In early August, two students from the English Department at University of the West, Michael Baumann Rett and Yu-Yun Chen, along with UWest English Department Director Jennifer Avila, traveled to the Shakespeare Theater Festival in Ashland, Oregon. They stayed at Southern Oregon University in Ashland for seven nights with students and faculty from Pasadena City College, the organizers of the trip.

The Oregon Shakespeare Festival (OSF) is a not-for-profit professional theatre founded in 1935 by Angus L. Bowmer, with roots tracing back to the Chautauqua movement in the late 19th century in southern Oregon. The OSF hosts the oldest existing full-scale  Elizabethan stage in the Western Hemisphere, built on the site of the old Chautauqua theatre established in 1893. The eight-month season now runs through October where they run productions in two indoor theaters and one outdoor.

Their mission statement reads: “Inspired by Shakespeare’s work and the cultural richness of the United States, we reveal our collective humanity through illuminating  interpretations of new and classic plays, deepened by the kaleidoscope of rotating repertory.”

Last year in 2017, the OSF reached a total attendance of over 381,000 people with 82% capacity in all three theaters. 88% of audience members travel more than 125 miles to attend the festival.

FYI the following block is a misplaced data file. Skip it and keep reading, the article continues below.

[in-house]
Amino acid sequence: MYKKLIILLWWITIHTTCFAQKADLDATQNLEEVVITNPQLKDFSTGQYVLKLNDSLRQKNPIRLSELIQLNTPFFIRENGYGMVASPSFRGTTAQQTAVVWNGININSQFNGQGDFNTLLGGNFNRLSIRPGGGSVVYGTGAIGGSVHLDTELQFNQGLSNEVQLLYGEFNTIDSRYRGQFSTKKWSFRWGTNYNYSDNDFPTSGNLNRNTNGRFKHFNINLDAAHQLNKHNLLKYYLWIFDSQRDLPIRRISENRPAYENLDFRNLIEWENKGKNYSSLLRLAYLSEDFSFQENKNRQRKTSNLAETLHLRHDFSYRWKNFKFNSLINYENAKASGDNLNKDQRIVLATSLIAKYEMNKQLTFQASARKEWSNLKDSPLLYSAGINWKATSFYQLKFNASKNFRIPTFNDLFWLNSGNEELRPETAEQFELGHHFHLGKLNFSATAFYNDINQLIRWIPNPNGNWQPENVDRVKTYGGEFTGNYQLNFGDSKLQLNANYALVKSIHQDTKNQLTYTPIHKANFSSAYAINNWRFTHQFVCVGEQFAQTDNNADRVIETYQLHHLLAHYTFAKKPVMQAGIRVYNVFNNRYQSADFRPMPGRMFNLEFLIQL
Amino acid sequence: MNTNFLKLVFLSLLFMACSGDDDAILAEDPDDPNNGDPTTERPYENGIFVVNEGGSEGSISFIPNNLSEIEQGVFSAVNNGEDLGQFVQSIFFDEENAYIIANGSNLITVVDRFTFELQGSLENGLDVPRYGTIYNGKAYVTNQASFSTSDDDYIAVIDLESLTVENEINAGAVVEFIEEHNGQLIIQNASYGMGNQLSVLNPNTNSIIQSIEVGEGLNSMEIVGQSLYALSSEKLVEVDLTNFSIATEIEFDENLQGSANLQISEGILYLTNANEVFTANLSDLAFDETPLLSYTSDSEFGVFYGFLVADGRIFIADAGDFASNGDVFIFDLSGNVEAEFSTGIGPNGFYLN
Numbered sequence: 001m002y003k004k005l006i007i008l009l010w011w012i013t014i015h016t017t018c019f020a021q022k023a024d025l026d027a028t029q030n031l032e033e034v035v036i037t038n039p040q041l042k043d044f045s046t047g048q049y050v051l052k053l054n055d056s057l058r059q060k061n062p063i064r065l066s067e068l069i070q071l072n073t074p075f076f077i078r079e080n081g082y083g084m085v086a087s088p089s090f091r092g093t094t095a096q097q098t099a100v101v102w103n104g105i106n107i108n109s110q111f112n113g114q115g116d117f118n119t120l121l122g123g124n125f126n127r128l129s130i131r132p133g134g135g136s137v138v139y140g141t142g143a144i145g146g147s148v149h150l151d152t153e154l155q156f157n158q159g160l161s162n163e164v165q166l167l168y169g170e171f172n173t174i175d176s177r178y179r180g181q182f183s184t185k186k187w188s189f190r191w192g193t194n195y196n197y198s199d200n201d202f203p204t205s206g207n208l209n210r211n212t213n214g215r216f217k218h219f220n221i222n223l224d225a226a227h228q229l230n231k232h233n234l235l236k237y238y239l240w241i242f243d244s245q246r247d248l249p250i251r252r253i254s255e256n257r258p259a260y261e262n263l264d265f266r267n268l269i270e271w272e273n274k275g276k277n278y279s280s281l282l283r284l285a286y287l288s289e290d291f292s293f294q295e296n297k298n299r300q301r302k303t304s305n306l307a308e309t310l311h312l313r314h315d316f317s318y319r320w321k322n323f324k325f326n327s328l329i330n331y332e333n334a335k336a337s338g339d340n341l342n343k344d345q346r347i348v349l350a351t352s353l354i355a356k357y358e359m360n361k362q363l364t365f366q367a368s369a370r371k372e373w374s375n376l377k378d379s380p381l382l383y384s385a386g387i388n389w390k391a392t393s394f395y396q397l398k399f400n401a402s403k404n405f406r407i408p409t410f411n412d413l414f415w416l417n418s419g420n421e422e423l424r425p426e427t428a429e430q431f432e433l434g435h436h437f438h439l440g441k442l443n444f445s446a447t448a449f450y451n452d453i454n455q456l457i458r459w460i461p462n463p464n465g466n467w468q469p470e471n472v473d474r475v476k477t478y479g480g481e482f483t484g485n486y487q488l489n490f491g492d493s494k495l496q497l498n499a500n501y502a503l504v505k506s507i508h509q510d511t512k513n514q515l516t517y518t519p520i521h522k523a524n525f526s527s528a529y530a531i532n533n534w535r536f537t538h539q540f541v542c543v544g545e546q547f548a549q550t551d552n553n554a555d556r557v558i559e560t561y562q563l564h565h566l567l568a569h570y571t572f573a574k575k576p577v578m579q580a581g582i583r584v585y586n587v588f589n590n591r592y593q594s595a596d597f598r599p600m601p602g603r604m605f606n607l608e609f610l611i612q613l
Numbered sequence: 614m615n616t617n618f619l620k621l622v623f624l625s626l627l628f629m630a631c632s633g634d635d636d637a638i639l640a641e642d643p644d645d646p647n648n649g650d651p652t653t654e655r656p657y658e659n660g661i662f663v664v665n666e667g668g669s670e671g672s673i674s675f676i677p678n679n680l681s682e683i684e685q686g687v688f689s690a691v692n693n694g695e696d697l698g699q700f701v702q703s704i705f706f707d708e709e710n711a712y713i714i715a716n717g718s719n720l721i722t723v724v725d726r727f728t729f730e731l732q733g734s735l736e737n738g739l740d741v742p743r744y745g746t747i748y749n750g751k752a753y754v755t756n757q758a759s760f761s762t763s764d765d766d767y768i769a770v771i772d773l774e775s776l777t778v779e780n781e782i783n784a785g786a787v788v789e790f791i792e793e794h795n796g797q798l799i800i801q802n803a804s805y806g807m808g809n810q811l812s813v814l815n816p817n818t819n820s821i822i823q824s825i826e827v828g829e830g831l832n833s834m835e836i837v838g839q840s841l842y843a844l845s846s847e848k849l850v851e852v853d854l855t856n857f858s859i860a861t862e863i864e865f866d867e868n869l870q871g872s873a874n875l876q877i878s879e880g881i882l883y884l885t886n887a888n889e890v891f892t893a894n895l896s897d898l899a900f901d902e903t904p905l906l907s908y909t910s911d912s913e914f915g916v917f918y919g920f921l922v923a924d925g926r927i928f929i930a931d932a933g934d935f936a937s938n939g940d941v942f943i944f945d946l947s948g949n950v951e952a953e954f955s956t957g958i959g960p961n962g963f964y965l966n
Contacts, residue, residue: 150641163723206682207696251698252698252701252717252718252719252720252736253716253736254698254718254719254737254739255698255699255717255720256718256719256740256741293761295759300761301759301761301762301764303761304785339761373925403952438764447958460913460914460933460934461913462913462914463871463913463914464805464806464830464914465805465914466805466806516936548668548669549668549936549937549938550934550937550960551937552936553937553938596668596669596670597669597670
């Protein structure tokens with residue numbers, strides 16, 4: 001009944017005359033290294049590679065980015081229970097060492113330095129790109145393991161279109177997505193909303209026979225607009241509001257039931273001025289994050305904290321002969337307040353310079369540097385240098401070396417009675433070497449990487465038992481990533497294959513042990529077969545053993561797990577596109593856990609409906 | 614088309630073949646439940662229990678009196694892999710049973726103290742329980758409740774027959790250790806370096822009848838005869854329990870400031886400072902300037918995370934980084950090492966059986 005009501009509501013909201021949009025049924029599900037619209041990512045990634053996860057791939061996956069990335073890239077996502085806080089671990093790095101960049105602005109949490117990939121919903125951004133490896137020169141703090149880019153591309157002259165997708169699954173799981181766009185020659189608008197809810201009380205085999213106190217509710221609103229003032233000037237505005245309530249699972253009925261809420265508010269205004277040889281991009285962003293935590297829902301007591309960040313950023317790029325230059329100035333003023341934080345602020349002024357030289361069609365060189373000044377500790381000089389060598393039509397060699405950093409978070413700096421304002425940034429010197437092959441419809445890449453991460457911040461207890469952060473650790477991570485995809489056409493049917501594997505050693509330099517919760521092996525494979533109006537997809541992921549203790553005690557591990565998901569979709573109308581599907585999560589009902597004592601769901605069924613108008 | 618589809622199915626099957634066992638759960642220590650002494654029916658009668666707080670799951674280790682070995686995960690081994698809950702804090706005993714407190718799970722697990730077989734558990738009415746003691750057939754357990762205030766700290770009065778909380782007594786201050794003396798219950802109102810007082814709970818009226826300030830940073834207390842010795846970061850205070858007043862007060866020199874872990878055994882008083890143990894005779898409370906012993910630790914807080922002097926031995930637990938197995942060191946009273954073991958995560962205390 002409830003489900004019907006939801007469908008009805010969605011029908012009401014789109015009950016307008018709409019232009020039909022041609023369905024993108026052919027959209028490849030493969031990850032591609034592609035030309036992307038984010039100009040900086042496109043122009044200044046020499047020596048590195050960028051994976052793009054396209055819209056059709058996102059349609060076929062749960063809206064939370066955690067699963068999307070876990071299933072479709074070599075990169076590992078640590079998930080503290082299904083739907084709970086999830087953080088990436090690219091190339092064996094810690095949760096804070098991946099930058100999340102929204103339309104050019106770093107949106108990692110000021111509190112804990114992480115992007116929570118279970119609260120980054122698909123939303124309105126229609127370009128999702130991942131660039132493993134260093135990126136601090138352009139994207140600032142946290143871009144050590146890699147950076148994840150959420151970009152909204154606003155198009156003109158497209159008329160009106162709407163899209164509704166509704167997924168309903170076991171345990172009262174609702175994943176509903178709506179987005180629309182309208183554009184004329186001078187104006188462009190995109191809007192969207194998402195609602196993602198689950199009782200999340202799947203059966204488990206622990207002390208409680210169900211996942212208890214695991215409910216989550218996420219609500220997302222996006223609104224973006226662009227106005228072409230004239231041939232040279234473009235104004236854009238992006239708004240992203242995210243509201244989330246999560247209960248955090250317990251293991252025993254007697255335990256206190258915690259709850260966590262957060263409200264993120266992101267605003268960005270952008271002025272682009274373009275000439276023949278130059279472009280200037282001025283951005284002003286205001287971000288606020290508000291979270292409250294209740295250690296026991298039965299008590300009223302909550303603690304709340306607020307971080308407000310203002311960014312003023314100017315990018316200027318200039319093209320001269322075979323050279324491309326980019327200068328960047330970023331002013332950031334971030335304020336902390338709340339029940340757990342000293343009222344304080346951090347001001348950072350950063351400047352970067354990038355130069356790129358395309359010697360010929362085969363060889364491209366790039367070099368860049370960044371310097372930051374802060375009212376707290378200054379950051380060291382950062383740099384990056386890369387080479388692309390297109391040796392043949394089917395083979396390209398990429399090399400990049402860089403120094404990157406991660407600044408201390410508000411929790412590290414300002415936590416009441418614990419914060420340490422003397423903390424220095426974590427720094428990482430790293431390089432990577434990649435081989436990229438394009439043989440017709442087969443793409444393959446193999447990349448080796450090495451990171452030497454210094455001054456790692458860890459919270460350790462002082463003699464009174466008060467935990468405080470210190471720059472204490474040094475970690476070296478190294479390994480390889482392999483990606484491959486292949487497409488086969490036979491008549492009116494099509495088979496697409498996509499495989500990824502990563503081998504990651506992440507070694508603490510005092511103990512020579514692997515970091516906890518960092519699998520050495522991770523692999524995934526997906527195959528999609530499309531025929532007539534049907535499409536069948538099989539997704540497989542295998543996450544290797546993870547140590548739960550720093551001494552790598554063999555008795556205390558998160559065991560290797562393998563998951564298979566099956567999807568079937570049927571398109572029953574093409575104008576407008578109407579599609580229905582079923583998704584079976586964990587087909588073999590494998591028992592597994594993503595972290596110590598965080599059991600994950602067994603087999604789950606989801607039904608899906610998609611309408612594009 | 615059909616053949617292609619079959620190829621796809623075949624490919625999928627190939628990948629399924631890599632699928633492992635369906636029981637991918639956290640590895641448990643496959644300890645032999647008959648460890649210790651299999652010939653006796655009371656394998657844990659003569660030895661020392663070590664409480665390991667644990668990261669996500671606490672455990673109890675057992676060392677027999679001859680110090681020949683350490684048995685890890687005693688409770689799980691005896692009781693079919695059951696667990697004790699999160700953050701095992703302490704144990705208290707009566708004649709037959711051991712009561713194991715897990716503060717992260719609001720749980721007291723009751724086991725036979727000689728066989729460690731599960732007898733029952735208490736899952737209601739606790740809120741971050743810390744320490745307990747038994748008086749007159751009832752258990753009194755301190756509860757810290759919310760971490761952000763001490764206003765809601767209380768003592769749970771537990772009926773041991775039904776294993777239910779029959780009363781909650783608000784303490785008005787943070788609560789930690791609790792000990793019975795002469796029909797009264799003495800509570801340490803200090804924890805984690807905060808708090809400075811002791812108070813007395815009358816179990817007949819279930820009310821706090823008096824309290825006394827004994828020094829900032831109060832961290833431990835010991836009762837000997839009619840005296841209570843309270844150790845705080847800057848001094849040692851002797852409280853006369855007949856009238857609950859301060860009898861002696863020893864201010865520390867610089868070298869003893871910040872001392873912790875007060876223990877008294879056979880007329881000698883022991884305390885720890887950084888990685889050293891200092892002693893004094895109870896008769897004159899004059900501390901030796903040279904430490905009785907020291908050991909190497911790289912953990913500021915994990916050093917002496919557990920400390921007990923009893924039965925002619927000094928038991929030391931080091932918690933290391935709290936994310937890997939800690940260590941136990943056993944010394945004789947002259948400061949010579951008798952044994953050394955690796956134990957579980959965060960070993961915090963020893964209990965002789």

The group saw five plays during the trip in two indoor theaters— the Angus Bowmer Theatre and the Thomas Theatre. The plays were: Snows in Midsummer, a classical Chinese drama which was changed into a modern ghost story exploring the legacy of trauma;  the play Henry V,  the story of King Henry V of England where Shakespeare’s version focuses on events immediately before and after the Battle of Agincourt (1415) during the Hundred Years’ War; the play Romeo and Juliet, the classical love tragedy; the play Othello, the famous tragedy about race and; the play Sense and Sensibility, the romance story written by Jane Austin. The trip also included a “prologue” workshop before every play to engage the students with an in-depth introduction of historical and cultural contexts, backstage tours, park talks, lectures, classes, workshops, pre- and post-show conversations, actor meet-and-greets, and a free “Green Show” before the evening shows.

Besides watching the plays, the students also had a packed itinerary with a number of different tourist activities. The trip included a trip to Crater Lake National Park, which has the deepest lake in America, in addition to shopping, restaurants, hikes, and walks in the beautiful Lithia Park in Ashland. The students felt it was a trip they will always remember and hope others in the English degree program will be able to experience the opportunity in the future. If you are interested in attending, please contact Professor Avila ( for more information about future trips being planned in the department.